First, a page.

Evening Newscasts Wrap

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ABC and NBC lead with the military's attempts to try to track down Zarqawi. ABC: Jim Sciutto/ NBC: Jim Miklaszewski. CBS leads with the continued insurgency in Iraq. Kimberly Dozier reports.


ABC's Martha Raddatz reports the document obtained by ABC News is nine pages in Arabic and details the alleged contacts between Iraq and al Qaeda in the mid '90s. Defense and intelligence analysts say the document appears to be authentic. The contacts allegedly occurred in Sudan where bin Laden lived at the time, and before he was widely known as an international terrorist. One section of the document calls for "joint operations against foreign forces" in Saudi Arabia, but does not indicate whether that was actually approved or carried out.


Elizabeth Vargas reports "President Bush arrived in Ireland today for a summit with leaders of the European Union. He will be trying to get European leaders to take on more responsibility in Iraq. Mr. Bush's visit sparked a number of demonstrations by people opposed to the war."

NBC's David Gregory reports the President will make a last ditch attempt to enlist foreign help for Iraq. In Turkey where Bush will join other NATO leaders, there were large protests and even a bomb scare. Bush says he wants the NATO alliance to play a larger role in Iraq. In a testy interview with Irish TV, Bush said Europeans must help Iraqis at this critical moment. Irish news also captured the President in his undershirt, and image the Irish government did not want broadcast.

CBS's Bill Plante reports that tensions surfaced in interview between Bush and an Irish journalist. Many troops were deployed in Ireland, unlike most usual welcomes for a previous U.S. President, says Plante. Sen. Biden says to the international community that they need to set aside political difference because "this is much bigger than Kerry, bigger than Bush."


CBS's Jim Axelrod calls Gephardt and Edwards "frontrunners" with Graham and Vilsack as other possibilities. Axelrod reports that, in a Kerry rally today in Ohio, Edwards was an overwhelming, though not unanimous, choice today from the people in attendance. It's unclear how much Kerry actually cares what voters seek, but how well they can be president.


NBC's Kelly O'Donnell reports Kerry traveled to Canton, Ohio today, but he is also on the road to the political middle, a detour away from the liberal label his opponents have attached to him. At every stop, Kerry tried to line up in the center, hoping to reach beyond his own Democratic base. Senior aides say they see no obstacle to this middle road and claim Kerry is feeling no pressure from the far left. (Stu Rothenberg SOT). He has tried to put his own liberal credentials on mute. Senior aides acknowledged that Kerry is working off a successful Clinton centralist model, decidedly not the populist class warfare Kerry aides say Al Gore waged.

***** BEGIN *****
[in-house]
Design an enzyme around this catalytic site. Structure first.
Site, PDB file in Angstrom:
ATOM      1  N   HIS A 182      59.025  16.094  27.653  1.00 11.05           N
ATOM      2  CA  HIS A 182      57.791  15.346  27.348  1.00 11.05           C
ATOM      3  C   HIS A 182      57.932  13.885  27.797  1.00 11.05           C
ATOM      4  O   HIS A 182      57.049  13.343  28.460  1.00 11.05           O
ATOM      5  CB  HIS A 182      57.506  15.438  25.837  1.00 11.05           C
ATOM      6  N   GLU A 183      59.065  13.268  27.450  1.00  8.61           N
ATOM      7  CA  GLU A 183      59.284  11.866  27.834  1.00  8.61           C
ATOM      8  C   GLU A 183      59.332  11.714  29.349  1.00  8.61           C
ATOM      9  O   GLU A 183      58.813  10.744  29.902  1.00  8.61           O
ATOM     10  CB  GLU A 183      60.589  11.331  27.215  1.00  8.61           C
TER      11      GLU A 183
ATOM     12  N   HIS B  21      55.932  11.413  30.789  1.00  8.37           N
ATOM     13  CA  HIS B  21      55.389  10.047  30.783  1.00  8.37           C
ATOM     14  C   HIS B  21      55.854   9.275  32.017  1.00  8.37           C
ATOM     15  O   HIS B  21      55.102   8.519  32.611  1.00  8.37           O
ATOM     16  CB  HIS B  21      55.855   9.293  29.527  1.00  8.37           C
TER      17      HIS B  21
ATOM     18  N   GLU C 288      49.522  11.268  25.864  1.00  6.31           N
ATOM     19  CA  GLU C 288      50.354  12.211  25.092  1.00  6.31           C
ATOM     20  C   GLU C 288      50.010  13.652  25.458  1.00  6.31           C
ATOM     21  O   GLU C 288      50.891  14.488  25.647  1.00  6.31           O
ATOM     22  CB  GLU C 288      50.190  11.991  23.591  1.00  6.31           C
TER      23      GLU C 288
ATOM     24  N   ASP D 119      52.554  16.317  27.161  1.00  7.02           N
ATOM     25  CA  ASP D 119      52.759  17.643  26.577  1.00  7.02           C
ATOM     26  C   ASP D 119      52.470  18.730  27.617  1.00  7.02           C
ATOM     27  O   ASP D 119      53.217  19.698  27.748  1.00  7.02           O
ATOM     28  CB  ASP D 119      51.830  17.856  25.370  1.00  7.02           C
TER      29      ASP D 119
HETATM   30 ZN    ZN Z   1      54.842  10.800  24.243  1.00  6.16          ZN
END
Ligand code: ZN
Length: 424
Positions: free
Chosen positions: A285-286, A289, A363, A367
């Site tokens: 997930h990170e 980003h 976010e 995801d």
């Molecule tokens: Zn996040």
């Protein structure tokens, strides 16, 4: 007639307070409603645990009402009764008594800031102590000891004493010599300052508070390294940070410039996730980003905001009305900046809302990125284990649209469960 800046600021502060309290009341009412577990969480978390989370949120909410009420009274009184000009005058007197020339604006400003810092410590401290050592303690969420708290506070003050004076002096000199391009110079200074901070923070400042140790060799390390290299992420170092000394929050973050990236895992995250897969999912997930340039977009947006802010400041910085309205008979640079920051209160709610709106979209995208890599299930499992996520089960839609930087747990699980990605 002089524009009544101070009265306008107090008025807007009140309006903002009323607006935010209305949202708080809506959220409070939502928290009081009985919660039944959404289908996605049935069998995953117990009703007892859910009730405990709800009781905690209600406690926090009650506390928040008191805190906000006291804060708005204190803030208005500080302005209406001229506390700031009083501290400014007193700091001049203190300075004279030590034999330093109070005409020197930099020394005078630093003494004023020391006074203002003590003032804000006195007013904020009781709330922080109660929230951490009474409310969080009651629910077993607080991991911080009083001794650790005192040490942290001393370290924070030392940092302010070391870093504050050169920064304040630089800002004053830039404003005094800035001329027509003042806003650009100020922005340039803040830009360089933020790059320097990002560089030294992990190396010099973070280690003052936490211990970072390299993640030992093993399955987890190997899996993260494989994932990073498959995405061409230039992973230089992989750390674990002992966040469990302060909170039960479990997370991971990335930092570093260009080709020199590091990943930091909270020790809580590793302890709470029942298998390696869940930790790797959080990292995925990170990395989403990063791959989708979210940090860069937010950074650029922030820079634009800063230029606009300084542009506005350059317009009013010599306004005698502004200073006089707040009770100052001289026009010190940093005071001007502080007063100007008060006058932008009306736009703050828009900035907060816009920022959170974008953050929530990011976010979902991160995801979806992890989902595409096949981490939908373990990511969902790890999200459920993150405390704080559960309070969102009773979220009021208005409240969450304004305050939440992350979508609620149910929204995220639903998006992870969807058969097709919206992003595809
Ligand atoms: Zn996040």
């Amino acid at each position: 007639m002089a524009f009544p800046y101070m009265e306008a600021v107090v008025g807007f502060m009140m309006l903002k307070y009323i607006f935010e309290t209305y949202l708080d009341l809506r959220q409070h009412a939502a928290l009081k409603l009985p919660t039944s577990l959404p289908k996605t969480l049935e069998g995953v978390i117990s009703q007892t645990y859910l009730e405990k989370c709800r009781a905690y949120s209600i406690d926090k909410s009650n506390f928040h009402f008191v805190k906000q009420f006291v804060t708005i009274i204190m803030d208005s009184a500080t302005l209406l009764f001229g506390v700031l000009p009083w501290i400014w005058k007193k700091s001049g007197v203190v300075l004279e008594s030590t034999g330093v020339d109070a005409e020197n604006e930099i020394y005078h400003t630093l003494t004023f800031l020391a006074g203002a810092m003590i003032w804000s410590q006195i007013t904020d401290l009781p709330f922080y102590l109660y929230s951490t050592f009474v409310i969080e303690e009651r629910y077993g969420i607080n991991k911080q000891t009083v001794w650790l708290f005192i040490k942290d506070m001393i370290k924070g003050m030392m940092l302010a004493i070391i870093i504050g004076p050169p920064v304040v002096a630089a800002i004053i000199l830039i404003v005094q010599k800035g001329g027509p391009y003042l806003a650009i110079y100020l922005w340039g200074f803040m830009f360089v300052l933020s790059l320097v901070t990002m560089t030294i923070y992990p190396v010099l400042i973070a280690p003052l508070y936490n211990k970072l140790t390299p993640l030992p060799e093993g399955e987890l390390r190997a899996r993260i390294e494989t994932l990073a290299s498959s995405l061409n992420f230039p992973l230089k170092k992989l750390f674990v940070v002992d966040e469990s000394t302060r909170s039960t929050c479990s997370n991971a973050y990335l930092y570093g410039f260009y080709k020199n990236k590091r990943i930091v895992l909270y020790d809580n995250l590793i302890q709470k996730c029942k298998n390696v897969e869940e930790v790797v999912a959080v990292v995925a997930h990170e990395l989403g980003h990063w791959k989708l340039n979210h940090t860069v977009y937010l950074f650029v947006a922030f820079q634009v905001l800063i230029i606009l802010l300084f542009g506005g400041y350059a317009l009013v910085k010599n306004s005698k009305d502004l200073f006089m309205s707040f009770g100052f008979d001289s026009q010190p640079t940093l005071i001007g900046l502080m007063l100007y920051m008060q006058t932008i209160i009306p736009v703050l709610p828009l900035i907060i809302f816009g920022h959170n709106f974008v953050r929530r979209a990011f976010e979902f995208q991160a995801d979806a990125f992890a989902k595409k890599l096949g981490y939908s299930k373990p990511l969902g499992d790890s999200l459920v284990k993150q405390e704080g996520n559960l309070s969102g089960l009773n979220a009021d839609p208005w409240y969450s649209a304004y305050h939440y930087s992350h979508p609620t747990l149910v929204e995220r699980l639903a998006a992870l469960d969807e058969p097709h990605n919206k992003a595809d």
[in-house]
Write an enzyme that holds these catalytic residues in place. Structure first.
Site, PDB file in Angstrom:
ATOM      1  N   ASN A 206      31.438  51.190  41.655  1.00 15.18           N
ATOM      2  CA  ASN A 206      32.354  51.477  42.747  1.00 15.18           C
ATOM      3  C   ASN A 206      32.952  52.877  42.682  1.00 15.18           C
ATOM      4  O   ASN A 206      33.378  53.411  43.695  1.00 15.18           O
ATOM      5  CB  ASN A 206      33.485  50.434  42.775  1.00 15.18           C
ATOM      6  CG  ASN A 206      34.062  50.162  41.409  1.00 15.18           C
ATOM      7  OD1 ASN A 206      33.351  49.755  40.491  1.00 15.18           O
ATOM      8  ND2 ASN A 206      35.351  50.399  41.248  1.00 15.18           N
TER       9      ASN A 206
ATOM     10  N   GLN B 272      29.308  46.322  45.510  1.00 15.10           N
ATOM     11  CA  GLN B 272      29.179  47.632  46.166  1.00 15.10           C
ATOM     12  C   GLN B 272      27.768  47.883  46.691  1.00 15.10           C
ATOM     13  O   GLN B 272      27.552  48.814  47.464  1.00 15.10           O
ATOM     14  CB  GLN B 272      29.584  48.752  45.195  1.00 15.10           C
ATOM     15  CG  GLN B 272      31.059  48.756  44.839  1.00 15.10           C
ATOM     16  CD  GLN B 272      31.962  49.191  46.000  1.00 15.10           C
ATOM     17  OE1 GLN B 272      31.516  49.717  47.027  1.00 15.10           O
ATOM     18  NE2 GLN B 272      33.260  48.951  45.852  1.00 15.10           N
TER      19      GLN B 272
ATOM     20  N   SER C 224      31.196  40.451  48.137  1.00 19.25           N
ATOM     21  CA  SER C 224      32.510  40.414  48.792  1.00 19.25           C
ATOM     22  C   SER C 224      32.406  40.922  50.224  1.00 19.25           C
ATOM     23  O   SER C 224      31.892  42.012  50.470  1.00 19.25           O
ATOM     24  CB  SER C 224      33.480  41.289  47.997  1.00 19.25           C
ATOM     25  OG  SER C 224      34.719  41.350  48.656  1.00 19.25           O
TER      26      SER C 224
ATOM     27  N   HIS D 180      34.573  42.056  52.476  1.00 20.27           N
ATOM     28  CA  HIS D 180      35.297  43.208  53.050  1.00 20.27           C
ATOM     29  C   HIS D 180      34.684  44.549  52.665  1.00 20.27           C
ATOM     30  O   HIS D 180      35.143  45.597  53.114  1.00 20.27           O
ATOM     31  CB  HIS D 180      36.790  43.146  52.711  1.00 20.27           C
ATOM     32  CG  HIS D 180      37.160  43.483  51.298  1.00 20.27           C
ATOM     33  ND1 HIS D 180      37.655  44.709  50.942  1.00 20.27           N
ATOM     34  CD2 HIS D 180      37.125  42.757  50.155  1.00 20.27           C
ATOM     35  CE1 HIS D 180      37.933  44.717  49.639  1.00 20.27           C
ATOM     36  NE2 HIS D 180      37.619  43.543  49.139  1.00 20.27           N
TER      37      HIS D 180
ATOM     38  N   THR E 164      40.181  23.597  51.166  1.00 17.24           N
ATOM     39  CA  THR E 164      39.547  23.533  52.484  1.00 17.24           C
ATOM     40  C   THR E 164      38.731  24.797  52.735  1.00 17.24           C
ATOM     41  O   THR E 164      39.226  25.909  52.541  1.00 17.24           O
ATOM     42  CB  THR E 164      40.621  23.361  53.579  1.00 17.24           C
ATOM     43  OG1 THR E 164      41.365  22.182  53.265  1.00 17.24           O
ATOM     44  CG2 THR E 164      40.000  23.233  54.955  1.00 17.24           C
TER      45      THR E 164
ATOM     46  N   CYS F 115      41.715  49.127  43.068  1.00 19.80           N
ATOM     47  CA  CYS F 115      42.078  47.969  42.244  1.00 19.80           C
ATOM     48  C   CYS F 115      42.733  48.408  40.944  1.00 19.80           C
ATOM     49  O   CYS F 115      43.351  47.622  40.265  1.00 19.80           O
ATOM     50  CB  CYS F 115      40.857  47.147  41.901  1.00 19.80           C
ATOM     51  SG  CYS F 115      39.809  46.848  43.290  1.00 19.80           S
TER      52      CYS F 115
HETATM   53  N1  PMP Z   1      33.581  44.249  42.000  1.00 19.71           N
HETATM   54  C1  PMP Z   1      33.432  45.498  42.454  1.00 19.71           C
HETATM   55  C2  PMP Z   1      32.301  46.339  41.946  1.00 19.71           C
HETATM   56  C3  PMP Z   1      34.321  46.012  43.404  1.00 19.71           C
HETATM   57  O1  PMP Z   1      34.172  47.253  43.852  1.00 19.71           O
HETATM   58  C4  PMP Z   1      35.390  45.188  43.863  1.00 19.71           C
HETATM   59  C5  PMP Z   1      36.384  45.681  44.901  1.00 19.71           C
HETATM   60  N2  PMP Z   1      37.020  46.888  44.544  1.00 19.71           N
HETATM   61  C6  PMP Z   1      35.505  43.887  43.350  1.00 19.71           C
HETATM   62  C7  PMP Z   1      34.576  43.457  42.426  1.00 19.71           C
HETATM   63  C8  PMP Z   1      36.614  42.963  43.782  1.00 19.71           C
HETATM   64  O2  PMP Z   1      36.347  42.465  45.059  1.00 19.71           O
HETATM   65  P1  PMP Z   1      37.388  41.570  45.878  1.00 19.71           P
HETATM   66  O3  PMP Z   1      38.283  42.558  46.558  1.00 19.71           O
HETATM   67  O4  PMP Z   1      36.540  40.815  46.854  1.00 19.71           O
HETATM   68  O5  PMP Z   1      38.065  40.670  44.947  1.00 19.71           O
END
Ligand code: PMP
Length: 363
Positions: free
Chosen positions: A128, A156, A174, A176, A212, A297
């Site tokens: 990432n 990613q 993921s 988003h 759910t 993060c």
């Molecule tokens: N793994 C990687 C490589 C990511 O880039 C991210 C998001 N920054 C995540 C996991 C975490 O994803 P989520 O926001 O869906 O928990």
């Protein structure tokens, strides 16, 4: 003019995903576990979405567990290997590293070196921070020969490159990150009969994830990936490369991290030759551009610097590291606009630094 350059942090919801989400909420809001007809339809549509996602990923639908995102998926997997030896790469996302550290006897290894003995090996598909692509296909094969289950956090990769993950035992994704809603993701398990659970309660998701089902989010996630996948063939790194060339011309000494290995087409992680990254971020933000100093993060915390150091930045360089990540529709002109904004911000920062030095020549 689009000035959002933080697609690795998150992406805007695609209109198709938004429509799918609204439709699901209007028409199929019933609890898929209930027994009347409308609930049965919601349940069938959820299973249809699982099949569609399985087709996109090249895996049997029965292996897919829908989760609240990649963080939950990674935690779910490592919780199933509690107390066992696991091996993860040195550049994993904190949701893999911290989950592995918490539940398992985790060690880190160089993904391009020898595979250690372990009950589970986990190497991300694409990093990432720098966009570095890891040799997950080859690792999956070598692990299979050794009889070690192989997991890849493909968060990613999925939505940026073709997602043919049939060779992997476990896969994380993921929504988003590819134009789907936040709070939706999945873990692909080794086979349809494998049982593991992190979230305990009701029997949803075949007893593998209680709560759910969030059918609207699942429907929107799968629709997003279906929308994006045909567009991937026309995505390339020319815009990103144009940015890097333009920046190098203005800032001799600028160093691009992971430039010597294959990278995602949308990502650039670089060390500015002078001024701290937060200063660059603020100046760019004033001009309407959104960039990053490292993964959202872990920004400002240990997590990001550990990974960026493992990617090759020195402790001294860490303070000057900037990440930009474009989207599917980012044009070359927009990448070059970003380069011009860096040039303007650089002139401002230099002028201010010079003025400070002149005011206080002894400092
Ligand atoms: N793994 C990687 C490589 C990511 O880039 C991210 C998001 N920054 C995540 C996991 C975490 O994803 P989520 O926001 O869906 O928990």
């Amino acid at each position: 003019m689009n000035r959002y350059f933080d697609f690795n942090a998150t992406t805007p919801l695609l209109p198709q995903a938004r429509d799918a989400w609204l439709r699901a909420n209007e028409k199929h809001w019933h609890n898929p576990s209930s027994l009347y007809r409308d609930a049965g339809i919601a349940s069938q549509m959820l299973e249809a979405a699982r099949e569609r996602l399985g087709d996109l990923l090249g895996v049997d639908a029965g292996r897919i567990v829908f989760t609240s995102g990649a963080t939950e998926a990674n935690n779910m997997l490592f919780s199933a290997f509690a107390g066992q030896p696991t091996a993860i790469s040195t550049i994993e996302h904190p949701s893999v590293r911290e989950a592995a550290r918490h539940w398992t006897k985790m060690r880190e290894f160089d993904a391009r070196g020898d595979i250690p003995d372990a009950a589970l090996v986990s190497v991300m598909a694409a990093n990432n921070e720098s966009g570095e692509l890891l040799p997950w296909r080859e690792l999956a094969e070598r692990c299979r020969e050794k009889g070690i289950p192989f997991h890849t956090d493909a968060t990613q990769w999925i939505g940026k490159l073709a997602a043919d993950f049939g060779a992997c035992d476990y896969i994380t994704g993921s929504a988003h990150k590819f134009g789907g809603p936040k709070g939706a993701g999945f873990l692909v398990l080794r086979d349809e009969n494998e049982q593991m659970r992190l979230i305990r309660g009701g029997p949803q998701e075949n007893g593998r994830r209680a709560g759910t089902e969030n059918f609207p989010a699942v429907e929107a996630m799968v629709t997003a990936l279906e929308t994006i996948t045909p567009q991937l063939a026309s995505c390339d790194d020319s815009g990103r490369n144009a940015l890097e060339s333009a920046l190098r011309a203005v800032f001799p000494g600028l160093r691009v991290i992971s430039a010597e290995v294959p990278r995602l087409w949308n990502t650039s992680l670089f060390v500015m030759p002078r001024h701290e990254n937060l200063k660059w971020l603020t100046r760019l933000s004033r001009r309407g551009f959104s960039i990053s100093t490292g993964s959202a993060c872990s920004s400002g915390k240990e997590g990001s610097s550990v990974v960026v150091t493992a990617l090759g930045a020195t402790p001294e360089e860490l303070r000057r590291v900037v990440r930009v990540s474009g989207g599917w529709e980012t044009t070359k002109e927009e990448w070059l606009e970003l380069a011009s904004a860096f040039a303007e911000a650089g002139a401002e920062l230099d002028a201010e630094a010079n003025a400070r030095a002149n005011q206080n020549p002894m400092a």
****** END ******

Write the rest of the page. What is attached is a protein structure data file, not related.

ABC's Dean Reynolds reports Jack Ryan seemed to have it all, until a couple of weeks ago. His decision to quit the race comes as no surprise to anyone who was following the story. Details of his divorce were released by a California judge, which included taking his ex-wife to sex clubs in New York and Paris and that he had tried to coerce her to have sex with him in front of strangers. Republicans were worried about how this kind of talk would play out in the rural areas of the state. There was also a sense of betrayal among them after Ryan had assured them that there was nothing damaging in his divorce records.

NBC's Brian Williams reports Jack Ryan has dropped out. Party leaders urged Ryan to drop out this week. Ryan said he was quitting to avoid a "brutal scorched earth campaign."


ABC's Dan Harris takes a closer look at Michael Moore's criticisms in his new film. In one instance, Moore comments that while the FAA closed all the airports in the U.S., some planes were authorized to pick up members of the bin Laden family and transport them out of the country. That is one of the harshest criticisms in the movie. However, Moore neglects to say that those flights were green-lighted by the same man Moore uses to bash Bush in the movie: Richard Clarke. (Clarke SOT). Moore also hints that the Bush family's financial ties to the Saudis may have made him less vigilant before 9/11. (Moore SOT from "This Week"). Clarke says "That's nuts." Finally, when Moore criticizes the war in Iraq, he uses idyllic pictures of life under Saddam Hussein. Moore admits he made no attempt to be balanced and he does point out facts that viewers may not be aware of, for instance that most members of Congress did not even read the Patriot Act.